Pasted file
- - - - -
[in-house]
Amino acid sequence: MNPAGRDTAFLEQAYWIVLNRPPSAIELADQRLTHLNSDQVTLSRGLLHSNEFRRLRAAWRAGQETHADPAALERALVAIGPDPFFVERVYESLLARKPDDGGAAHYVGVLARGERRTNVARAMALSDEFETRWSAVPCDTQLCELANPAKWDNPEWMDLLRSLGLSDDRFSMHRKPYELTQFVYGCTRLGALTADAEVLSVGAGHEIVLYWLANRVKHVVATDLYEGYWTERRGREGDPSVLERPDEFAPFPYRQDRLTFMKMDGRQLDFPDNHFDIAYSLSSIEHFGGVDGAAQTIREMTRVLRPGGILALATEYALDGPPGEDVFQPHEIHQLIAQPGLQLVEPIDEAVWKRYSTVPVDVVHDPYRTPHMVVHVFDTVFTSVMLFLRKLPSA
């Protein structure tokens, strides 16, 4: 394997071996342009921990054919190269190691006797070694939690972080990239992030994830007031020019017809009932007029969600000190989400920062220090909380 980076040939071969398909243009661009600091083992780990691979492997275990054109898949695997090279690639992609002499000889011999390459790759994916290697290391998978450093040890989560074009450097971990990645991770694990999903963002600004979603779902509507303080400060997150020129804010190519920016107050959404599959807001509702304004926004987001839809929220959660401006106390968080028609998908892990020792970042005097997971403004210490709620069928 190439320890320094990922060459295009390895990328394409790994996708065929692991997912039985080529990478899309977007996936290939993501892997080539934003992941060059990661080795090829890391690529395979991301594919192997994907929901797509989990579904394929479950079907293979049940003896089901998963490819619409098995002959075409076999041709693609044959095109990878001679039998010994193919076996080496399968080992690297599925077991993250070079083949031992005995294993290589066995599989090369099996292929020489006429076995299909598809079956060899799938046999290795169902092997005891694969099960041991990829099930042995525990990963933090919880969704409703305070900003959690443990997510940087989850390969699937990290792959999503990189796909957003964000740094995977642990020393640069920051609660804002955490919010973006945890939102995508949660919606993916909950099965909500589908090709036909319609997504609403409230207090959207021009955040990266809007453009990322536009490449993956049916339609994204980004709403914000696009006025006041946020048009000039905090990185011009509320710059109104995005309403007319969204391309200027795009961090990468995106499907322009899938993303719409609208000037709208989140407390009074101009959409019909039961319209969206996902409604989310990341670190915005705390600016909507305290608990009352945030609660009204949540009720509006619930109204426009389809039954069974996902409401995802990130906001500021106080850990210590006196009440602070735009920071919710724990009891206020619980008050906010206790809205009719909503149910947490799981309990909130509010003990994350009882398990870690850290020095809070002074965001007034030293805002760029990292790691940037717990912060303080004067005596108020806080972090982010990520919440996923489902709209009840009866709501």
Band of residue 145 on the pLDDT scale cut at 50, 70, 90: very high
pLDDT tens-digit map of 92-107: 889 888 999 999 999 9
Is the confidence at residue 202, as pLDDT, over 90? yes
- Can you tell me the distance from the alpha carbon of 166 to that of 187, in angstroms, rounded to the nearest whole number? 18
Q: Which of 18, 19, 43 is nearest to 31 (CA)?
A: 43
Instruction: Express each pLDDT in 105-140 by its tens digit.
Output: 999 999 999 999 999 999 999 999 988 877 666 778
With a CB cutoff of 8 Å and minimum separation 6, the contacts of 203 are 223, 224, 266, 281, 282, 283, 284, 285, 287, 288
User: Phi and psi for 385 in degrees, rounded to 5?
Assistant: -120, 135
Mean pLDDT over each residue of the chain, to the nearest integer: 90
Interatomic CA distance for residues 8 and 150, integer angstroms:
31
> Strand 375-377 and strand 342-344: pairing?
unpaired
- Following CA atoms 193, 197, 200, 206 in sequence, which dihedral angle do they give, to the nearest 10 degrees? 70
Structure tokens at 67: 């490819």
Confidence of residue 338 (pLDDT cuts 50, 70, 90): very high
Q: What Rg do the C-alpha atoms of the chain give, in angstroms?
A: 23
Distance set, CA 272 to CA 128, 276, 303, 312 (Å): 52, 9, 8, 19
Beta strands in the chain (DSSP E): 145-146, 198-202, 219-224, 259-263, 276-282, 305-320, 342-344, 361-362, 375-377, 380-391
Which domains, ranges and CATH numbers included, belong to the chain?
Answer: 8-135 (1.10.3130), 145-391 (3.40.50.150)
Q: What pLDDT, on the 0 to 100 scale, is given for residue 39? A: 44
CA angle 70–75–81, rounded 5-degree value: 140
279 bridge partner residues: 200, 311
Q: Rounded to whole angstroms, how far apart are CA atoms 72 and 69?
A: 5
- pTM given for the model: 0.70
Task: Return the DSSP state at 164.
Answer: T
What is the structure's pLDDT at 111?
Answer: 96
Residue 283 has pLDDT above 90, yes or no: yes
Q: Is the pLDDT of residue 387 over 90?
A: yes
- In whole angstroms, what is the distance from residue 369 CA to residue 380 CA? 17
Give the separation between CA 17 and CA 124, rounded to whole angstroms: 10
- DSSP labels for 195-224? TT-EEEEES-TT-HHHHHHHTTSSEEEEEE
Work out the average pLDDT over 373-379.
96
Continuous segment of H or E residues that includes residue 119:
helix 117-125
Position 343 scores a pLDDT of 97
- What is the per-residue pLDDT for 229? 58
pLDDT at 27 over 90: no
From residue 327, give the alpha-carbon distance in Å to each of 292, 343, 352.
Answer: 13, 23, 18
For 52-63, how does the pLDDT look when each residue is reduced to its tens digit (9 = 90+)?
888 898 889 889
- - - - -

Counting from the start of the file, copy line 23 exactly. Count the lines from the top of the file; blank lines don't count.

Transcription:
Q: What Rg do the C-alpha atoms of the chain give, in angstroms?